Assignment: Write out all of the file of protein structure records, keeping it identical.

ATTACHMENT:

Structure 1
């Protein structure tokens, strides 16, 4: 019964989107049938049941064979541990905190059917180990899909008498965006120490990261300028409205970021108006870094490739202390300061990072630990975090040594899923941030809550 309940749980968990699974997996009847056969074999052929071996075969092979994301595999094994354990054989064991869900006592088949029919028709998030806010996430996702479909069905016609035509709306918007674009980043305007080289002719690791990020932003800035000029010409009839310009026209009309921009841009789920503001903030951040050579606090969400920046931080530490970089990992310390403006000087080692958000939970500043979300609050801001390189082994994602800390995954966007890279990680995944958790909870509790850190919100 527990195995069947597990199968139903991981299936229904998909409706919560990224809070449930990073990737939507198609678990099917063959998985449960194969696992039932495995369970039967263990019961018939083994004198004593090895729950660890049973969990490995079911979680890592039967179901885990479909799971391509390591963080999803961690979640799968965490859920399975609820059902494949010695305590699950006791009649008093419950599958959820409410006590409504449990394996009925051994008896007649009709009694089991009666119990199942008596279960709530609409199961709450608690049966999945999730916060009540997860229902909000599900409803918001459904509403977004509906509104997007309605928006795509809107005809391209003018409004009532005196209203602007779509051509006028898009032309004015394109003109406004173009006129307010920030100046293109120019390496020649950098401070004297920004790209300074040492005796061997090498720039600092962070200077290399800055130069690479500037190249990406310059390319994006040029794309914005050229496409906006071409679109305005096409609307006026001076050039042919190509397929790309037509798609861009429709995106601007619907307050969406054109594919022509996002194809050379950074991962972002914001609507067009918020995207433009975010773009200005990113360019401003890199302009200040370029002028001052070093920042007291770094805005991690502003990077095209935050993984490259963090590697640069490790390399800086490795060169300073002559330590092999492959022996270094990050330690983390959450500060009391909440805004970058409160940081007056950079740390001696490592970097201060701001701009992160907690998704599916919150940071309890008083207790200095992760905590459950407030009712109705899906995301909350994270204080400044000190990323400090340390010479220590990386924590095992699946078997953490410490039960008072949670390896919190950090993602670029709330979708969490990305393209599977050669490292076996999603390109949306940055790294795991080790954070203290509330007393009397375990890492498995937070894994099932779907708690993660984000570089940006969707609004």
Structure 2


Structure 1
């Protein structure tokens, strides 16, 4: 019964989107049938049941064979541990905190059917180990899909008498965006120490990261300028409205970021108006870094490739202390300061990072630990975090040594899923941030809550 309940749980968990699974997996009847056969074999052929071996075969092979994301595999094994354990054989064991869900006592088949029919028709998030806010996430996702479909069905016609035509709306918007674009980043305007080289002719690791990020932003800035000029010409009839310009026209009309921009841009789920503001903030951040050579606090969400920046931080530490970089990992310390403006000087080692958000939970500043979300609050801001390189082994994602800390995954966007890279990680995944958790909870509790850190919100 527990195995069947597990199968139903991981299936229904998909409706919560990224809070449930990073990737939507198609678990099917063959998985449960194969696992039932495995369970039967263990019961018939083994004198004593090895729950660890049973969990490995079911979680890592039967179901885990479909799971391509390591963080999803961690979640799968965490859920399975609820059902494949010695305590699950006791009649008093419950599958959820409410006590409504449990394996009925051994008896007649009709009694089991009666119990199942008596279960709530609409199961709450608690049966999945999730916060009540997860229902909000599900409803918001459904509403977004509906509104997007309605928006795509809107005809391209003018409004009532005196209203602007779509051509006028898009032309004015394109003109406004173009006129307010920030100046293109120019390496020649950098401070004297920004790209300074040492005796061997090498720039600092962070200077290399800055130069690479500037190249990406310059390319994006040029794309914005050229496409906006071409679109305005096409609307006026001076050039042919190509397929790309037509798609861009429709995106601007619907307050969406054109594919022509996002194809050379950074991962972002914001609507067009918020995207433009975010773009200005990113360019401003890199302009200040370029002028001052070093920042007291770094805005991690502003990077095209935050993984490259963090590697640069490790390399800086490795060169300073002559330590092999492959022996270094990050330690983390959450500060009391909440805004970058409160940081007056950079740390001696490592970097201060701001701009992160907690998704599916919150940071309890008083207790200095992760905590459950407030009712109705899906995301909350994270204080400044000190990323400090340390010479220590990386924590095992699946078997953490410490039960008072949670390896919190950090993602670029709330979708969490990305393209599977050669490292076996999603390109949306940055790294795991080790954070203290509330007393009397375990890492498995937070894994099932779907708690993660984000570089940006969707609004």
Structure 2